The Respondent violated Rule 8.1(b) by failing to respond to Bar Counsel's letters of March 23, 2010 and April 26, 2010. Thereafter, the Respondent acknowledged Bar Counsel's April 27, 2010 e-mail, however, still failed to provide a response to the Complaint of Piper–Brandon in violation of 8.1(b).

The Respondent violated Rules 8.4(a), (b), (c), and (d), when he withdrew funds from Advanced Realty's operating account and escrow account without entitlement. The monies the Respondent withdrew from Advanced Realty's operating account did not belong to him. Respondent withdrew a total of $2,300.00 and converted those funds for his own use without entitlement. The removal of the $2,300.00 from Advanced Realty's operating account was an act of deceit and an act of theft in violation of Rule 8.4(b) and (c). Further, when Respondent transferred, withdrew or wired funds from Advanced Realty's escrow account where there were no corresponding deposit(s) and no client(s) associated with those transfer(s), withdrawal(s) or wire(s), it resulted in a misappropriation of funds belonging to Advanced Realty's client(s) in violation of Rules 8.4(b) and (c). Respondent's act of taking those funds was deceitful and a theft from Advanced Realty's clients. Further, the Respondent never repaid the funds he misappropriated. Respondent knew he was not entitled to the $14,656.00 he misappropriated from Advanced Realty's escrow account. Respondent's knowledge that he was not entitled to those funds is evidenced by his attempt to deposit $16,156.00 into Advanced Realty's escrow account. After Respondent misappropriated monies from Advanced Realty's escrow account, he then knowingly wrote two checks from his Death Star account and deposited them into Advanced Realty's escrow account knowing that those checks would not be honored. At the time the Respondent wrote the two Death Star checks, he did not have $16,156.00 in his Death Star account. At the time the Respondent wrote Death Star check number 2125, he had a zero balance in the account. (Petitioner's Exhibit B–27). At the time Respondent wrote the Death Star check number 2133, his balance in the Death Star account was $839.11. Therefore, Respondent knew he did not have the funds to replace the monies that he misappropriated from Advanced Realty's escrow account. Respondent's theft of funds belonging to Advanced Realty's clients violated Rule 8.4(a), (b), (c) and (d). Respondent's course of conduct of misappropriating funds is conduct prejudicial to the administration of justice in violation of Rule 8.4(d).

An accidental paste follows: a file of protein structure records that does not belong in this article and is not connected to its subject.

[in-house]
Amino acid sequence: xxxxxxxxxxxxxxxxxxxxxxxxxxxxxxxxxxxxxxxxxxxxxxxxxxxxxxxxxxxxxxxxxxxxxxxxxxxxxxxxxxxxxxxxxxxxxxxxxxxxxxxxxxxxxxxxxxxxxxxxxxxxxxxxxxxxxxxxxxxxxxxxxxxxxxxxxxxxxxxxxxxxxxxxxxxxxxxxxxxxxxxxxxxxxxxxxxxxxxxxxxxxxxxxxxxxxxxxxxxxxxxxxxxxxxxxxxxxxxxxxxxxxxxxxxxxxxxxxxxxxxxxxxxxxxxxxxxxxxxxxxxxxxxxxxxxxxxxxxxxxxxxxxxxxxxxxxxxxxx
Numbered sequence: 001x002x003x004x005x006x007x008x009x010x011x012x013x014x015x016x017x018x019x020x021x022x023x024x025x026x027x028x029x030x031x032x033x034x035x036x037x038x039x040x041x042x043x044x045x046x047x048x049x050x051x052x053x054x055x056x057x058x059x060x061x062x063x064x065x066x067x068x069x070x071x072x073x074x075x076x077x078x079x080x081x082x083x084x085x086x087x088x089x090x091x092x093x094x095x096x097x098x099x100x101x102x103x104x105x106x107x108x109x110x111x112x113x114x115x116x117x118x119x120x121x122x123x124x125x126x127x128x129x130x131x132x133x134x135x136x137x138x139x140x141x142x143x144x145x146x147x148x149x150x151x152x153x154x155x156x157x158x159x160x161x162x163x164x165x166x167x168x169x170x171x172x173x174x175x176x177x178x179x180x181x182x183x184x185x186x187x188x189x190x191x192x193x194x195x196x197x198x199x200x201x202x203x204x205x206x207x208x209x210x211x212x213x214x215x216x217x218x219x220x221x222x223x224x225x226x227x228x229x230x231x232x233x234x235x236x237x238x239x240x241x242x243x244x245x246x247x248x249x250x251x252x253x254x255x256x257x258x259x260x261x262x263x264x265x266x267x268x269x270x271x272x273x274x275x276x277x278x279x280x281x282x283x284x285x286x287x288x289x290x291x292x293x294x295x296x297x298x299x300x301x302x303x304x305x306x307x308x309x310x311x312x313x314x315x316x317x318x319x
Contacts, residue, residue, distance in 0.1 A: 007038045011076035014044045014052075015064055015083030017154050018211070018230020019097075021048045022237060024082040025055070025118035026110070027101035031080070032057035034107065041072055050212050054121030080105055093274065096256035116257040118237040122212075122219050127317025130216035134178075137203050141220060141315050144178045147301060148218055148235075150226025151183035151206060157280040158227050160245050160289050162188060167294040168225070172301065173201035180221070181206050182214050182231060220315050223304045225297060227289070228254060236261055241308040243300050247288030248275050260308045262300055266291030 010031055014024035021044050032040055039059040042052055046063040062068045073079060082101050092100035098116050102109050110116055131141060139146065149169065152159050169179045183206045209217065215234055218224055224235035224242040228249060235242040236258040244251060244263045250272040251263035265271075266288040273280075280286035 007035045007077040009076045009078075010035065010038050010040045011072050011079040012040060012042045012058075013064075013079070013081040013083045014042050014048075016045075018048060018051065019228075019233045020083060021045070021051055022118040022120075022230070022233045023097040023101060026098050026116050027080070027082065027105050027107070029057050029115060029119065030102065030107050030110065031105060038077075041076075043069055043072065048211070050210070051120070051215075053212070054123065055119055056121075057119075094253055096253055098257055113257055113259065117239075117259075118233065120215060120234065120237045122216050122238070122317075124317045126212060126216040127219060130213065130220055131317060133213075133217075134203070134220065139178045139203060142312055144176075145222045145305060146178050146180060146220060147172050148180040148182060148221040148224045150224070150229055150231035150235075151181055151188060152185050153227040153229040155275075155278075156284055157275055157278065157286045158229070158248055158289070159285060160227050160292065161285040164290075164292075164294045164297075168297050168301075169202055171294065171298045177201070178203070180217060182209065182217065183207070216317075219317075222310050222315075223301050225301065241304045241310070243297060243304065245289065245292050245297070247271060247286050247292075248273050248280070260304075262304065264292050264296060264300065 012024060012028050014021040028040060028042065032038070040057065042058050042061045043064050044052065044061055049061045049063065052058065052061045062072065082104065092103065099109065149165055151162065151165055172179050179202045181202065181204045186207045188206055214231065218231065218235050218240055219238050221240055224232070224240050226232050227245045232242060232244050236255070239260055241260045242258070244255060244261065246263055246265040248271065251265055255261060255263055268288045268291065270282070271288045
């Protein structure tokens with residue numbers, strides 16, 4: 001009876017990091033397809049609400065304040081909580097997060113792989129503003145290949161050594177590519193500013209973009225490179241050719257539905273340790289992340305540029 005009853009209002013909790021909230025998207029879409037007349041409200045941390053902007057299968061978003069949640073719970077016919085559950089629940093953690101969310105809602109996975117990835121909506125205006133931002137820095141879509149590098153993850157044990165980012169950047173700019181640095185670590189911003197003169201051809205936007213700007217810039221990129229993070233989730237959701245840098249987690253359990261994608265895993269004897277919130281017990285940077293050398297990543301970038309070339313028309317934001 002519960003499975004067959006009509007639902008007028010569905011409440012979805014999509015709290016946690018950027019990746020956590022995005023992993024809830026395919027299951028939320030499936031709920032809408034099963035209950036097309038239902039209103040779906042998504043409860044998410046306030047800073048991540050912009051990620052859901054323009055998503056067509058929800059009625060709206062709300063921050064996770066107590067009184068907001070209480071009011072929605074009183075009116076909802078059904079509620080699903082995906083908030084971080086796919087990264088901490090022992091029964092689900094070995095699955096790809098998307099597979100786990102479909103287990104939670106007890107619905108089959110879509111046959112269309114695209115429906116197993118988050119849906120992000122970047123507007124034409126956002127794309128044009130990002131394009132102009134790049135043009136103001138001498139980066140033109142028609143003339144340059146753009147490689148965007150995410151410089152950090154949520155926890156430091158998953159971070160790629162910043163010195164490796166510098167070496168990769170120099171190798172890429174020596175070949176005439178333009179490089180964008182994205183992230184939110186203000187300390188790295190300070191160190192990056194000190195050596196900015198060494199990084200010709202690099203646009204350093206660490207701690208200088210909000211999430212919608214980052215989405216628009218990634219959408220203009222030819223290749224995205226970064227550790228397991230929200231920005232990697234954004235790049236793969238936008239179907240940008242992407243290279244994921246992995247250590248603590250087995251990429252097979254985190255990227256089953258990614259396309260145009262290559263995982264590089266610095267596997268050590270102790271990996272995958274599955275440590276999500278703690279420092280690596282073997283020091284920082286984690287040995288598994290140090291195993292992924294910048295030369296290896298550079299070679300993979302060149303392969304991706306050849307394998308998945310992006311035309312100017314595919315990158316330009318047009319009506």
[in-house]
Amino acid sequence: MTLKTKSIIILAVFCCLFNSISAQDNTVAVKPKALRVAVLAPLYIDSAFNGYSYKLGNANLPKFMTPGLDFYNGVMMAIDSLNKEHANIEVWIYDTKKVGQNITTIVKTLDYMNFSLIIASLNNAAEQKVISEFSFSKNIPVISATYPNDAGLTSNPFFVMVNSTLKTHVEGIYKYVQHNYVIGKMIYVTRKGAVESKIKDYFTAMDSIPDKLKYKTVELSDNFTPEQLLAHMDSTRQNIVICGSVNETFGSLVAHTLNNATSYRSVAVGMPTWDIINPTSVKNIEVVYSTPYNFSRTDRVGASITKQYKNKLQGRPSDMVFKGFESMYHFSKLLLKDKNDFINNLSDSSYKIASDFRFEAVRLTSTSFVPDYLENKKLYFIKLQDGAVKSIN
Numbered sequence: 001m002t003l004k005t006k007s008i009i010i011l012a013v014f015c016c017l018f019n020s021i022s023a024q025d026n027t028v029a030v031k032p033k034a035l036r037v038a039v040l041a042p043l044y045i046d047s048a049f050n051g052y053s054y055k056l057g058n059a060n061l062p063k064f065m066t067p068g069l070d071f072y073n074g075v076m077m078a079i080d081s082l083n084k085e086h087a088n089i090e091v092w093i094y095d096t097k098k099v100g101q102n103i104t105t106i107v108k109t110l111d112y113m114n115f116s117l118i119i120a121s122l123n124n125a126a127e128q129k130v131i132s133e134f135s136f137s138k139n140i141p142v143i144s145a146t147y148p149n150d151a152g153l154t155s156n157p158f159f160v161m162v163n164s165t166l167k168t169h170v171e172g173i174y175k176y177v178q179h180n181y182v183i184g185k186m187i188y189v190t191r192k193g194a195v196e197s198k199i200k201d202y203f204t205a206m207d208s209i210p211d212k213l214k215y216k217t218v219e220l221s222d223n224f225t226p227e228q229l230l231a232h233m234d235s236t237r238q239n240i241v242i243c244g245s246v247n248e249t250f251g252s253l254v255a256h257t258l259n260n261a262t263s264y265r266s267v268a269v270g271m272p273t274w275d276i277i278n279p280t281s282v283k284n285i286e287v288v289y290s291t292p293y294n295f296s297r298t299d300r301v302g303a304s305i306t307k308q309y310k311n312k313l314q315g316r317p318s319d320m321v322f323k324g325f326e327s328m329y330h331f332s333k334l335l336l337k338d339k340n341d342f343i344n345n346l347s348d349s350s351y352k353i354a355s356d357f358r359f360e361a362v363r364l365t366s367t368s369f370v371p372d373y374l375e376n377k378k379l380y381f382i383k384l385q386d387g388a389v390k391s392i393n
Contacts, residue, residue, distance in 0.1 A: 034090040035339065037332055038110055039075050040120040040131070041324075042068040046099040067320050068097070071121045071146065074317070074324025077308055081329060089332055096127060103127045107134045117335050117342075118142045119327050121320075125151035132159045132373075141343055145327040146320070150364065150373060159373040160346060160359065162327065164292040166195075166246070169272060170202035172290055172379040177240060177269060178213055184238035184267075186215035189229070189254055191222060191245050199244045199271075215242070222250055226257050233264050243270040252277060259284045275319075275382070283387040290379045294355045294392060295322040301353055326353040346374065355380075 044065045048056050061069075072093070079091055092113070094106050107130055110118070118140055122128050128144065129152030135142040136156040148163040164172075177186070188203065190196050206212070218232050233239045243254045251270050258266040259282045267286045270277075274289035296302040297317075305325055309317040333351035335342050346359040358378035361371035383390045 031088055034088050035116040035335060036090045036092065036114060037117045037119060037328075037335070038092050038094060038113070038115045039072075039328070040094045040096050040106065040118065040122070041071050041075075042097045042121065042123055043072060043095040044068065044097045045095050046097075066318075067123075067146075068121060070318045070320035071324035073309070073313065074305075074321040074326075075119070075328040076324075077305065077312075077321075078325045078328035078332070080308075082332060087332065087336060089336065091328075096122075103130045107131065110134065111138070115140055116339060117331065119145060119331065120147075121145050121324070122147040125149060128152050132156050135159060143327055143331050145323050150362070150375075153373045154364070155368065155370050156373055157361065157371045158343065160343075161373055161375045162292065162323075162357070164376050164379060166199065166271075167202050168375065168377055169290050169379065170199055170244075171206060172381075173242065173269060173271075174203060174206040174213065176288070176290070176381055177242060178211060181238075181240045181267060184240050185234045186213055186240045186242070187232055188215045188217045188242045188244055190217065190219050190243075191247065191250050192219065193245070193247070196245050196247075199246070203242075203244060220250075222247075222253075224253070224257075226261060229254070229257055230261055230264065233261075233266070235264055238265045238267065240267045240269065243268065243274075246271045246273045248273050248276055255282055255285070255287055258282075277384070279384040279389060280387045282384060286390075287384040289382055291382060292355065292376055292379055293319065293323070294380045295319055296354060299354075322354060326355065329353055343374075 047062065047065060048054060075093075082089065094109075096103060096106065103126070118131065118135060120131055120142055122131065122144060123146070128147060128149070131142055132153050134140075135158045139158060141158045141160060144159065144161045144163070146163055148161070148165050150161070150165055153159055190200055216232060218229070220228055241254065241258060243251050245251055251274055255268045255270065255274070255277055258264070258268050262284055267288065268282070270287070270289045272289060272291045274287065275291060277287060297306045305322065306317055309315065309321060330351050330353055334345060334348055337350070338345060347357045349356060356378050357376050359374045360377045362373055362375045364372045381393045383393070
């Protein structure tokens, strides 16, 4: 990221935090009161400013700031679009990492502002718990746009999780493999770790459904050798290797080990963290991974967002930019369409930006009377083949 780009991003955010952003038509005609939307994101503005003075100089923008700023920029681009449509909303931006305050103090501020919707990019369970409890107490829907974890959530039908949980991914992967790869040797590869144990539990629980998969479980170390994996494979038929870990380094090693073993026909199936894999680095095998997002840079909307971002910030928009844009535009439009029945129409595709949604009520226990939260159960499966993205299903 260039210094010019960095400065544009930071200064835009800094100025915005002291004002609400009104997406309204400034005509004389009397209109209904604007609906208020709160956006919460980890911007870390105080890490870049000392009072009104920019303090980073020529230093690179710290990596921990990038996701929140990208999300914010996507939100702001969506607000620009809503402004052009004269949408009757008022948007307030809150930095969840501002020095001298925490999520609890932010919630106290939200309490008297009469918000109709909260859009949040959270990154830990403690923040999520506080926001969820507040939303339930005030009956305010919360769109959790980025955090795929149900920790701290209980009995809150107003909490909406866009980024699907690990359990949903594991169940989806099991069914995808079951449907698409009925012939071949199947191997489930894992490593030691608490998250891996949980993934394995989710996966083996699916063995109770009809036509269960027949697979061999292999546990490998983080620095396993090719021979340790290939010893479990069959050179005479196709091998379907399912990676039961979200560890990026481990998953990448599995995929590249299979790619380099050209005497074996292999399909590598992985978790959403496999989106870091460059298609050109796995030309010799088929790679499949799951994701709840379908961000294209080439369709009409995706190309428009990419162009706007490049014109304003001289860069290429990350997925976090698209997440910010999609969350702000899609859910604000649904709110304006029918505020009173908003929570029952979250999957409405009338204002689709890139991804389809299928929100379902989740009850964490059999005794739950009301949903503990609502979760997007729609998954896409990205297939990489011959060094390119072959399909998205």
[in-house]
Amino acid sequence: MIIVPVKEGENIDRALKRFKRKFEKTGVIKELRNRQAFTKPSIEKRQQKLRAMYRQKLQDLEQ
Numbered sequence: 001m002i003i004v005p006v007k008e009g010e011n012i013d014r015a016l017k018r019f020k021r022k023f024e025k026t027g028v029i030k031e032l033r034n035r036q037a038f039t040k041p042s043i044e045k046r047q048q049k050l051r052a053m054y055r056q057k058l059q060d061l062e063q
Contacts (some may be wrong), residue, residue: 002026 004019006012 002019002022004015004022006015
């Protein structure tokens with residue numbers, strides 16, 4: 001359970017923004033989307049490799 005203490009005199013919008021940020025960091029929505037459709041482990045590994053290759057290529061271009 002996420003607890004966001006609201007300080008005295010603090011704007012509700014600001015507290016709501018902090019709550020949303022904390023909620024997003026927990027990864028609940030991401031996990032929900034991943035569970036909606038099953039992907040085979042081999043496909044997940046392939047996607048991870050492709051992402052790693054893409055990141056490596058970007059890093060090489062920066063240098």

In summary, this Court finds that the Respondent violated Maryland Rules of Professional Conduct 8.1(b) and 8.4(a), (b), (c) and (d), in connection with the Jenkins and Piper–Brandon complaints.

Bar Counsel has not filed any exceptions to the hearing judge's Findings of Fact and Conclusions of Law and recommends disbarment. Seltzer also has not filed any exceptions, and he failed to appear at oral argument before this Court.8